'El Turco' José Brahemcha

I have only one great regret in tango, and that it not taking classes with Gavito. Of course there are others as well, but with Gavito we had the opportunity, we passed, and shame on us for it. Of course, at the time we simply didn’t know better. Determined not to make same mistake again, we decided to take our teachers’ advice and try to get in touch with the legendary ‘El Turco’ José. [Read More]

Audio Myths

Now, this may be only remotely relevant to tango, but tango music and hence its reproduction is important for dancers and djs in particular, so here it goes. I think the lessons from this video are most relevant when it comes to making decisions about equipment such as sound cards for djing, lossless versus lossy encoding of music and quality of transfers and restorations. If you hang out at hydrogenaudio, this will all be familiar, but I have to say actually performing an abx was a humbling experience with regards to what I can and can’t hear. [Read More]

How less becomes more

by hooverine There was something she said that stayed with me. So well put. ‘When he leads a step, say backwards for the woman’, Graciela said, ‘then there is one possibility: going backwards. There are not three possible steps. Not three, not two. One.’ All the time I see so called ‘advanced’ dancers, throwing their partners around, the women looking like nervous chicken trying to guess the right thing to do for each and every step. [Read More]

What does it mean to dance with 'good musicality'?

by mhowry Tango dancers often discuss the importance of dancing to the music, having ‘good musicality’ etc. But what exactly does it mean to dance musically? I tried noting some possibilities, and since some are very basic, while other are more advanced (and should be used sparingly). I tried to classify them within the usual trichotomy of beginner/intermediate/advanced, thinking that you have to know the very basics, and you should master basically everything in the intermediate before venturing out into the advanced concepts. [Read More]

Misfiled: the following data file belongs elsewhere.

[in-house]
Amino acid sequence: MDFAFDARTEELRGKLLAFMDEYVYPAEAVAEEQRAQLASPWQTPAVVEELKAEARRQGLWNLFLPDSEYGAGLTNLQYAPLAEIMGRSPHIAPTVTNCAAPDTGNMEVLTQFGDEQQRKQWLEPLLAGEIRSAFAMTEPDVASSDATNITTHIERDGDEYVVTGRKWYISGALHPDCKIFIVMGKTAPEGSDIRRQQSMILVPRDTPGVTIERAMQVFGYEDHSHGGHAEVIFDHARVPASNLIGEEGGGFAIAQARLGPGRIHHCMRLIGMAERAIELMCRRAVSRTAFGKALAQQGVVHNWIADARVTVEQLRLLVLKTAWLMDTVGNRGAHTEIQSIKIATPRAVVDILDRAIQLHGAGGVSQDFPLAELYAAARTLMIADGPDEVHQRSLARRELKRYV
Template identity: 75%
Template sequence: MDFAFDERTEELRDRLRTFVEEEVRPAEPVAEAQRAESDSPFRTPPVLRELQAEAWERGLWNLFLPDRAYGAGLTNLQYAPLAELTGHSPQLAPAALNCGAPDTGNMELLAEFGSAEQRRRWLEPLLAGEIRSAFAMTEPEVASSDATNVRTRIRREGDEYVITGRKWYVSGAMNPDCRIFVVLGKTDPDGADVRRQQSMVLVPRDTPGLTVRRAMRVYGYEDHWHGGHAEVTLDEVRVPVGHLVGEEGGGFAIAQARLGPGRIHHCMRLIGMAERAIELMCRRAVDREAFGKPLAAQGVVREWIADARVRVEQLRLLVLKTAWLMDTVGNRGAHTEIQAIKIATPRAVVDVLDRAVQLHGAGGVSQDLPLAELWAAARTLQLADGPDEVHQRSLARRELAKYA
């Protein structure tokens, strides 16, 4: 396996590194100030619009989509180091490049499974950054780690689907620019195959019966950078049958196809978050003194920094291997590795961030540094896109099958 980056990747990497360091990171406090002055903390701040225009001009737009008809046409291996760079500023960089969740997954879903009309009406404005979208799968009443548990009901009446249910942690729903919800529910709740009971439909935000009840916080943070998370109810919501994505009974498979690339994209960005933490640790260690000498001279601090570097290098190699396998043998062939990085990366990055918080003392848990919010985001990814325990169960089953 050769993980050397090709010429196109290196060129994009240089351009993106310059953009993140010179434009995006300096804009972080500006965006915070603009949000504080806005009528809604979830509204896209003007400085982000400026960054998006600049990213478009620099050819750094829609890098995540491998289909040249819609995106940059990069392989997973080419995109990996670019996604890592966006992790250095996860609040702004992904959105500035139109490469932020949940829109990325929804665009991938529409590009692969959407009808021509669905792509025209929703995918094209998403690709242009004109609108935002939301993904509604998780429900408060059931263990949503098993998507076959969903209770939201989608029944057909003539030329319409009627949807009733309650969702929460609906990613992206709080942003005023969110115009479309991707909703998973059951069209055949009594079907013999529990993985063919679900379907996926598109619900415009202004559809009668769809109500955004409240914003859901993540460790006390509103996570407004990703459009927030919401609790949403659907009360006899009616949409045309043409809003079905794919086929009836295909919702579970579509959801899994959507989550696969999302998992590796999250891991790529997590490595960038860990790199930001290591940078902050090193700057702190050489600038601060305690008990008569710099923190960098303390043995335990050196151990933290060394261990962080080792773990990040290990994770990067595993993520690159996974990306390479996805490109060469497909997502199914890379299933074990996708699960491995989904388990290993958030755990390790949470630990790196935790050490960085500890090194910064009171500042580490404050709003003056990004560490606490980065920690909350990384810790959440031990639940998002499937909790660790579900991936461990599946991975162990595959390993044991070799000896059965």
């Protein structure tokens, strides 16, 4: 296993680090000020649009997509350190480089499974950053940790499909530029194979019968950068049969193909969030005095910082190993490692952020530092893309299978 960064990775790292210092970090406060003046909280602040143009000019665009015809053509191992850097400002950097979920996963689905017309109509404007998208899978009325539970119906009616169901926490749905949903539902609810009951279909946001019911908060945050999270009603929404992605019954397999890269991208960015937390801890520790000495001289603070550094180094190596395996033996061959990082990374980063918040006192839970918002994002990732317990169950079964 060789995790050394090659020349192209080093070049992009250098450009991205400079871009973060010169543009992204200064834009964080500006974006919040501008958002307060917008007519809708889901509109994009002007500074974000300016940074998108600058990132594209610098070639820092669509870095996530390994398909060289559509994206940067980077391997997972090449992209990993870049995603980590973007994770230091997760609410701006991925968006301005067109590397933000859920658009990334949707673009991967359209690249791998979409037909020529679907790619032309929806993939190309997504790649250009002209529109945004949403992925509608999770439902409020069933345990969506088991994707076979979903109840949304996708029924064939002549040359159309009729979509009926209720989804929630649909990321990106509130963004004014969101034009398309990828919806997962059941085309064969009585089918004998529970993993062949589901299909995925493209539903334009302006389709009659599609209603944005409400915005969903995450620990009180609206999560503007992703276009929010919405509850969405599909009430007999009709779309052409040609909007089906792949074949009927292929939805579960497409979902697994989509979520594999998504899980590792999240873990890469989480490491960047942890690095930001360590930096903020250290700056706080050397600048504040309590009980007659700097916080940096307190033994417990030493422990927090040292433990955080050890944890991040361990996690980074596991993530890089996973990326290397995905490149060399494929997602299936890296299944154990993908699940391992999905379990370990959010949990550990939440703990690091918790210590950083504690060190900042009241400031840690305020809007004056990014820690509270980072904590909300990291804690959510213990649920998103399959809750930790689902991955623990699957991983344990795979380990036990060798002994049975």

by ehfisher ## (...)[L]ife's most vital meeting (...) (...)[I]nspired by the meeting of male and female: man and woman. The feminine in the masculine subconscious (Anima) and the masculine in the female subconscious (Animus), and the complementary in the two archetypal sides. Tango (...) exudes passion, pride, love and attraction (...) Take pleasure in the dance (...) Not about a class or show, but about salt and pepper mills. [Read More]


by Leo T. First day at work. First day in my old office for over nine months. On my desk is a roll of paper. I chat with the guy I’m sharing office with, and he tells me that my colleague in the office next door left it for me. Said colleague must have heard us talking, and enters the office. –The organizer gave it to me, and I brought it back for you. [Read More]


It is all too much. It is so frikkin’ cold, reality slaps us in the face, and then this. The loss of a brilliant dancer, so young. How sad for a mother to outlive her son. Too much.

Que en paz descanse. We will miss you.

Video tip by TP

P.H. Shoes

I got the shoe factory P.H. recommended from several reliable sources, unfortunately I got the directions a little late, so we’ll see if I make it in time. Anyway, as a reference for next visit, here it is:

Grito de Asencio 3602, Pompeya - Buenos Aires

Tel/Fax: 4911-0295

The colectivo (bus) 160 goes there, according to the owner of the shoes in the bag above.

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Quality of CTA bootlegs

Usually, I don’t buy bootlegs, but when it comes to tango music, there is some material that is not available from the commercial releases like Reliquias, Tango Argentino etc. I always concentrated on the commercial releases, but now that I have most of the interesting material from these releases, I have moved on the the more exotic releases, like the Club Tango Argentino by Akihito Baba. They are unfortunately hard to get by, and several are out of print. [Read More]

Buenos Aires (tango) murales

by Simba tango Several places in Buenos Aires, you will find paintings covering an entire wall, called ‘murales’. They have a long history in Buenos Aires, the oldest were painted for the churches of the city in the 1700s and 1800s. In the beginning of the 20th century, they were often used to portray fight against oppression, think Picasso’s Guernica. Less political, but as Buenos Aires is the home of tango, there are of course several paintings featuring tango music and dance. [Read More]